NurseMind's Brain Museum

Every nurse knows what we mean by brain. Not a nurse? It's explained here.

Remarkable ingenuity goes into creating nursing brains. In them, we capture an important aspect of our work: the things we might forget.

We use a variety of tools to create these brains: Excel, Word, text editors -- whatever application programs we know best. For consistency, all are presented here in PDF format.

From the choices we make about the reminders we find helpful, you can see our perceptions of the cognitive burdens of our work. Studying these brains reveals many of our workflow challenges. When we find it necessary to write things down, we are in effect documenting workflow glitches.

The valuable insights this offers gave many of the design concepts used in our NurseMind app.

THANK YOU to all the generous and brilliant nurses who shared their brains with us!

  • General-purpose.
  • By Elizabeth Eckard (thank you!), a med/surg nurse on the Neuro/Ortho Floor at Hershey Medical Center.
  • One patient
  • Many nursing assessments.
  • General-purpose. Day shift.
  • By a nurse who floats among med-surg, telemetry, ortho, etc.
  • One patient
  • Labs
  • Med-surg basics
  • Tasks with timings
  • One patient
  • Labs
  • 5 patients
  • Some hospital-specific data-collection
  • Several nursing assessments
  • 1 patient, med-surg
  • Page 1 of 2-page brain
  • SBAR format
  • Detailed task timeline
  • Labs
  • Page 2 of above
  • Very technical
  • Some hospital-specific protocols
  • 1 patient
  • Lots of details for nursing assessment
  • Med-surg, with details about long-LOS patients
  • Details about wounds
  • Regular vital signs recording
  • Nosocomial infection notations
  • PCS pump notations
  • Nice graphic for wound mapping
  • Detailed notation of pain meds timings
  • SBAR format
  • 4 patients
  • Very basic med-surg
  • For RN-to-RN handoff (SBAR)
  • 5 patients
  • A conceptual checklist (remember to consider these things about your patients...) rather than specific tasks
  • Another handoff (SBAR) tool -- more general and complete.
  • 1 patient
  • Includes fields for planned procedures.
Lots of interesting things to see in this brain!
  • It is made by printing from the EMR's Patient Census.
  • High-acuity unit -- patients have demanding diseases and many co-morbidities. The patient:nurse staffing ratio is 3:1.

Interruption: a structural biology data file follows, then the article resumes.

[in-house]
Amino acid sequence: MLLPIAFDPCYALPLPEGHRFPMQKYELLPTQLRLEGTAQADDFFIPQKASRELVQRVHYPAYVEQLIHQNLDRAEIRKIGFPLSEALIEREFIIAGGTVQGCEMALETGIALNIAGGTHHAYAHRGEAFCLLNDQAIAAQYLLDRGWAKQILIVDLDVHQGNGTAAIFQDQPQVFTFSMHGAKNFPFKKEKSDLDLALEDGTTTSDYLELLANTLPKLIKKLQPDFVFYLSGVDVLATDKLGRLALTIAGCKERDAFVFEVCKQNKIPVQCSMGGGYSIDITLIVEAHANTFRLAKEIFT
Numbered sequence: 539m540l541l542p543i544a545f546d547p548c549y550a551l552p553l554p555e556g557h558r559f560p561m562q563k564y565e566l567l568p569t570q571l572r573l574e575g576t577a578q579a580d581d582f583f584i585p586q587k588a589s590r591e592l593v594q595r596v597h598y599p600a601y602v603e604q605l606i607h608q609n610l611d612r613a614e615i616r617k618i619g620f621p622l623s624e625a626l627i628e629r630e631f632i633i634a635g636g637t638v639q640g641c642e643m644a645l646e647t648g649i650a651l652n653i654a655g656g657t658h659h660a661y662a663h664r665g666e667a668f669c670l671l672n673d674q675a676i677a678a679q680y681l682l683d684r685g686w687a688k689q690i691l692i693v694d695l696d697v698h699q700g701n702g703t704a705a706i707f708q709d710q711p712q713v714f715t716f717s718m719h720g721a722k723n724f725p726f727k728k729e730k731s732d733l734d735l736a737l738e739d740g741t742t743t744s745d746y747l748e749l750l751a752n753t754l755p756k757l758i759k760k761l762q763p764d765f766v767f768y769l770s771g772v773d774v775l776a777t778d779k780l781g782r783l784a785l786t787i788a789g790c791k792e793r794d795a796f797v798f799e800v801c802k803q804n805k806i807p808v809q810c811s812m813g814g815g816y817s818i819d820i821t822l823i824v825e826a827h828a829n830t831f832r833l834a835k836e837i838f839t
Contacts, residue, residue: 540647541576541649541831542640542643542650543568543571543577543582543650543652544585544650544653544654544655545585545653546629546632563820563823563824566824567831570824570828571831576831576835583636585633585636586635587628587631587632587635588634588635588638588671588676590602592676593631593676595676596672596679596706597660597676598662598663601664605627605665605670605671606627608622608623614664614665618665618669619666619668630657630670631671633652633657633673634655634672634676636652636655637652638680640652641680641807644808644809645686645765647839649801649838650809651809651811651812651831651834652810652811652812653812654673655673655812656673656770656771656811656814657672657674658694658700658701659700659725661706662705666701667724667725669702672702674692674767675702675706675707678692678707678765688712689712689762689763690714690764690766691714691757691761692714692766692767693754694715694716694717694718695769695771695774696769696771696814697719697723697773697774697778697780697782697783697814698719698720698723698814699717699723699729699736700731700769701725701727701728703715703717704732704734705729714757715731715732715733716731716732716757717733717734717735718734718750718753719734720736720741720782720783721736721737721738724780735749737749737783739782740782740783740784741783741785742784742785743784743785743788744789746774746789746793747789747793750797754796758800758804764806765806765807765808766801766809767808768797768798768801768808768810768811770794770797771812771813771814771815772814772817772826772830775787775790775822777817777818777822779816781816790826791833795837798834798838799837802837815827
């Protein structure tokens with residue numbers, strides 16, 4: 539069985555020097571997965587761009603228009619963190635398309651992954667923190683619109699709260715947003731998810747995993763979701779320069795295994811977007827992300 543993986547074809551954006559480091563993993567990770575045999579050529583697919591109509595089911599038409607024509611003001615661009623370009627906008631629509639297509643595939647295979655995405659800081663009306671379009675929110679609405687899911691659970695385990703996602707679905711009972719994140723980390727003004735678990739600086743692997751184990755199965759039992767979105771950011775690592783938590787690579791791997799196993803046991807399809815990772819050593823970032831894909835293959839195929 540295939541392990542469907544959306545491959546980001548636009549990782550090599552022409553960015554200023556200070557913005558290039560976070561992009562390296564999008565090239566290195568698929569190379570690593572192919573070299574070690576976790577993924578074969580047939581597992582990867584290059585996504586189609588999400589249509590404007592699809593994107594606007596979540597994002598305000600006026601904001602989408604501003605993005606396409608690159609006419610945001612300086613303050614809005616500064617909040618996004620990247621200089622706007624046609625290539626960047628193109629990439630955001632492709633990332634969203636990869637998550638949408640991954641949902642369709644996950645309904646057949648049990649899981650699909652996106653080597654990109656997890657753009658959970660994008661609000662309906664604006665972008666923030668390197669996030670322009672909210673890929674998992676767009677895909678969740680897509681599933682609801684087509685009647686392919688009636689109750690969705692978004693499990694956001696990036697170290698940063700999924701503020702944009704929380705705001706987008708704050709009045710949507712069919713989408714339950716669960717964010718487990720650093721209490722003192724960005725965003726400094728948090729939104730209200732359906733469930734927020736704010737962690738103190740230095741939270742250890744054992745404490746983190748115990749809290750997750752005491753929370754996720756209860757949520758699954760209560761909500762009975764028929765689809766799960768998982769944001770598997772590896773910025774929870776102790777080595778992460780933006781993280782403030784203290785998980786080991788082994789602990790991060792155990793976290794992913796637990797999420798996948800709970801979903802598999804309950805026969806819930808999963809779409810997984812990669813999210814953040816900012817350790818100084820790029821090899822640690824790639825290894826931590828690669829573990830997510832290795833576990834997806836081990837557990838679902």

• The right-hand column is from the backside of the sheet; the nurse folded the page over and lined up the rows for notating vital signs for later transcription to the EMR. Note the consistent sequence: temp, HR, BP, RR, SpO2.
  • Notations in red are also for eventual charting. They are crossed out when charted.
  • Lab values of concern (e.g. K+) are hand-notated.
  • Relevant medical history (Hx) is hand-notated.
  • Though the hospital has an electronic MAR system, some medications to be administered (observe that they are checked-off) are hand-notated.
  • Med-surg basics
  • Tasks with timings
  • 3 patients
  • Labs
  • SBAR
  • Checklist for an outpatient surgical unit (Weatherford Regional Hospital, OK)
  • Not a brain but a good checklist with a nursing application
  • A memory aid combined with a data-collection function.
  • Some parts are to be completed while interviewing the patient.
  • Post-op assessments
  • Pre- and post-op Aldrete score
  • Unlike brains that are discarded after the shift, this one is to be made part of the patient's chart.
  • 2 patients
  • Labs
  • Colors
  • 4 patients
  • Basic nursing assessments
  • Nice format for vitals
  • Specifically for use in a maternity (L&D) unit
  • For use by nursing faculty and students
  • No HIPAA data is collected
  • Interesting hand-written notes go beyond the form's fields
  • Not so much a memory aid (the primary function of a brain) as a record of student clinical experience (note-taking)
  • But see the hand-written checkboxes for meds (reminders)
  • Color variations have no significance here
  • By Laurie Rosa, MS, RN
  • 3 patients, med-surg
  • Very basic
  • Labs
  • Hourly tasks